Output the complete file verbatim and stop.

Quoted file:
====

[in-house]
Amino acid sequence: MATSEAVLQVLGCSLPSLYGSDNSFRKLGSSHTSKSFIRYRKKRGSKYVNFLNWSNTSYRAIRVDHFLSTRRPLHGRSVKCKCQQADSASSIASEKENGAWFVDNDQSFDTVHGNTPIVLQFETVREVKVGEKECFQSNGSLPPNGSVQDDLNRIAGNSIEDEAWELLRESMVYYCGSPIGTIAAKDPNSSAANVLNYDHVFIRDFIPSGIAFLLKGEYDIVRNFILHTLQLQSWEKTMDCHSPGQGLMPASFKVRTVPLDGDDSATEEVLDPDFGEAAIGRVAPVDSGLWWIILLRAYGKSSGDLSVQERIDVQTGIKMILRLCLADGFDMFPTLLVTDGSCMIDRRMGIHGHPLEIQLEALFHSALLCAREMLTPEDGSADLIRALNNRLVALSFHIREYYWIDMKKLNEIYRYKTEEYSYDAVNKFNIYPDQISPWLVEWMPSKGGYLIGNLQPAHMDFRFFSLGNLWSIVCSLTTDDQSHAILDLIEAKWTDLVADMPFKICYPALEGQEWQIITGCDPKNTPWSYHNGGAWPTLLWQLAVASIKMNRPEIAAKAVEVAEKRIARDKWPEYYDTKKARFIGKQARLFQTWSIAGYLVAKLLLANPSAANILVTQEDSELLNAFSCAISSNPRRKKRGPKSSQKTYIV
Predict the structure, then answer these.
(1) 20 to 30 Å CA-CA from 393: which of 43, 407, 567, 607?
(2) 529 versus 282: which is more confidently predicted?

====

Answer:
[in-house]
Amino acid sequence: MATSEAVLQVLGCSLPSLYGSDNSFRKLGSSHTSKSFIRYRKKRGSKYVNFLNWSNTSYRAIRVDHFLSTRRPLHGRSVKCKCQQADSASSIASEKENGAWFVDNDQSFDTVHGNTPIVLQFETVREVKVGEKECFQSNGSLPPNGSVQDDLNRIAGNSIEDEAWELLRESMVYYCGSPIGTIAAKDPNSSAANVLNYDHVFIRDFIPSGIAFLLKGEYDIVRNFILHTLQLQSWEKTMDCHSPGQGLMPASFKVRTVPLDGDDSATEEVLDPDFGEAAIGRVAPVDSGLWWIILLRAYGKSSGDLSVQERIDVQTGIKMILRLCLADGFDMFPTLLVTDGSCMIDRRMGIHGHPLEIQLEALFHSALLCAREMLTPEDGSADLIRALNNRLVALSFHIREYYWIDMKKLNEIYRYKTEEYSYDAVNKFNIYPDQISPWLVEWMPSKGGYLIGNLQPAHMDFRFFSLGNLWSIVCSLTTDDQSHAILDLIEAKWTDLVADMPFKICYPALEGQEWQIITGCDPKNTPWSYHNGGAWPTLLWQLAVASIKMNRPEIAAKAVEVAEKRIARDKWPEYYDTKKARFIGKQARLFQTWSIAGYLVAKLLLANPSAANILVTQEDSELLNAFSCAISSNPRRKKRGPKSSQKTYIV
Predict the structure, then answer these.
(1) 20 to 30 Å CA-CA from 393: which of 43, 407, 567, 607?
(2) 529 versus 282: which is more confidently predicted?